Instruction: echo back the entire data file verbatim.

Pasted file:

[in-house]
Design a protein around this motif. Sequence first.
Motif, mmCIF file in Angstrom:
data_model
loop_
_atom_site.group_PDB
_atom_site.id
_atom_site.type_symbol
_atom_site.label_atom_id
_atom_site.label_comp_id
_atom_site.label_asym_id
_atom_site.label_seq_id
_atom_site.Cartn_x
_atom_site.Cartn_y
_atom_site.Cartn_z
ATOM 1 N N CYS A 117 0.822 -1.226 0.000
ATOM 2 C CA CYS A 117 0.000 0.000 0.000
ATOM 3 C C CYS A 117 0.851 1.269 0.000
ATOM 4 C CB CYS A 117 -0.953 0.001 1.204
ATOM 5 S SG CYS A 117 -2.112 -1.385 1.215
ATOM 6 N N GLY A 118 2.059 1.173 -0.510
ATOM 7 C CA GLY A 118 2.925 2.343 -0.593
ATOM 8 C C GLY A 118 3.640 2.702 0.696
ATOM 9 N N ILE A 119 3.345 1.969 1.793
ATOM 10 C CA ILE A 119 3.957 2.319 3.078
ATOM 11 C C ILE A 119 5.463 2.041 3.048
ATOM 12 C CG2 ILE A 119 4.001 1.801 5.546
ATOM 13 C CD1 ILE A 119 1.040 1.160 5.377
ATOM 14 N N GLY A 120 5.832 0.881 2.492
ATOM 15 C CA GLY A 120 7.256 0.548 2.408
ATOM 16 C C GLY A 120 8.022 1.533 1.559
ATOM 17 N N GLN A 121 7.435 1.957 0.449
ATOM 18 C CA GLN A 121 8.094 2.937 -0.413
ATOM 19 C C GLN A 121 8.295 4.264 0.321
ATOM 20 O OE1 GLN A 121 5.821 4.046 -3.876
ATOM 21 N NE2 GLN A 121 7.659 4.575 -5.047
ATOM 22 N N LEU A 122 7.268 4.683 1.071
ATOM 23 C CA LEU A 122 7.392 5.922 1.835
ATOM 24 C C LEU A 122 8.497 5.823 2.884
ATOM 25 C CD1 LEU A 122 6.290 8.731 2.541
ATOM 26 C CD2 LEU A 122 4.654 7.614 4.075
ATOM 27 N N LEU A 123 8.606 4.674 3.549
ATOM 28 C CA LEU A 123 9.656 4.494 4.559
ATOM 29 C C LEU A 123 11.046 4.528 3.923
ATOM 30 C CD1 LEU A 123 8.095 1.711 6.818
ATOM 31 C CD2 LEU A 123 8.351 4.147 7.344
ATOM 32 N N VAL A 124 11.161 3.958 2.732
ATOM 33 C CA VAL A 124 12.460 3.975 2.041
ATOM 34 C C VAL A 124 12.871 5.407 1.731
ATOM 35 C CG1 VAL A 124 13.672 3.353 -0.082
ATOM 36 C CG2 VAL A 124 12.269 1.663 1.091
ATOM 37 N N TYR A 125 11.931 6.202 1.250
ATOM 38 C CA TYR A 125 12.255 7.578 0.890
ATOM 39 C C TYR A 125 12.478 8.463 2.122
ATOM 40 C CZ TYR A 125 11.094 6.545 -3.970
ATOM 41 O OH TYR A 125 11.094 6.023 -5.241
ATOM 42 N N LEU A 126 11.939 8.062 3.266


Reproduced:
[in-house]
Design a protein around this motif. Sequence first.
Motif, mmCIF file in Angstrom:
data_model
loop_
_atom_site.group_PDB
_atom_site.id
_atom_site.type_symbol
_atom_site.label_atom_id
_atom_site.label_comp_id
_atom_site.label_asym_id
_atom_site.label_seq_id
_atom_site.Cartn_x
_atom_site.Cartn_y
_atom_site.Cartn_z
ATOM 1 N N CYS A 117 0.822 -1.226 0.000
ATOM 2 C CA CYS A 117 0.000 0.000 0.000
ATOM 3 C C CYS A 117 0.851 1.269 0.000
ATOM 4 C CB CYS A 117 -0.953 0.001 1.204
ATOM 5 S SG CYS A 117 -2.112 -1.385 1.215
ATOM 6 N N GLY A 118 2.059 1.173 -0.510
ATOM 7 C CA GLY A 118 2.925 2.343 -0.593
ATOM 8 C C GLY A 118 3.640 2.702 0.696
ATOM 9 N N ILE A 119 3.345 1.969 1.793
ATOM 10 C CA ILE A 119 3.957 2.319 3.078
ATOM 11 C C ILE A 119 5.463 2.041 3.048
ATOM 12 C CG2 ILE A 119 4.001 1.801 5.546
ATOM 13 C CD1 ILE A 119 1.040 1.160 5.377
ATOM 14 N N GLY A 120 5.832 0.881 2.492
ATOM 15 C CA GLY A 120 7.256 0.548 2.408
ATOM 16 C C GLY A 120 8.022 1.533 1.559
ATOM 17 N N GLN A 121 7.435 1.957 0.449
ATOM 18 C CA GLN A 121 8.094 2.937 -0.413
ATOM 19 C C GLN A 121 8.295 4.264 0.321
ATOM 20 O OE1 GLN A 121 5.821 4.046 -3.876
ATOM 21 N NE2 GLN A 121 7.659 4.575 -5.047
ATOM 22 N N LEU A 122 7.268 4.683 1.071
ATOM 23 C CA LEU A 122 7.392 5.922 1.835
ATOM 24 C C LEU A 122 8.497 5.823 2.884
ATOM 25 C CD1 LEU A 122 6.290 8.731 2.541
ATOM 26 C CD2 LEU A 122 4.654 7.614 4.075
ATOM 27 N N LEU A 123 8.606 4.674 3.549
ATOM 28 C CA LEU A 123 9.656 4.494 4.559
ATOM 29 C C LEU A 123 11.046 4.528 3.923
ATOM 30 C CD1 LEU A 123 8.095 1.711 6.818
ATOM 31 C CD2 LEU A 123 8.351 4.147 7.344
ATOM 32 N N VAL A 124 11.161 3.958 2.732
ATOM 33 C CA VAL A 124 12.460 3.975 2.041
ATOM 34 C C VAL A 124 12.871 5.407 1.731
ATOM 35 C CG1 VAL A 124 13.672 3.353 -0.082
ATOM 36 C CG2 VAL A 124 12.269 1.663 1.091
ATOM 37 N N TYR A 125 11.931 6.202 1.250
ATOM 38 C CA TYR A 125 12.255 7.578 0.890
ATOM 39 C C TYR A 125 12.478 8.463 2.122
ATOM 40 C CZ TYR A 125 11.094 6.545 -3.970
ATOM 41 O OH TYR A 125 11.094 6.023 -5.241
ATOM 42 N N LEU A 126 11.939 8.062 3.266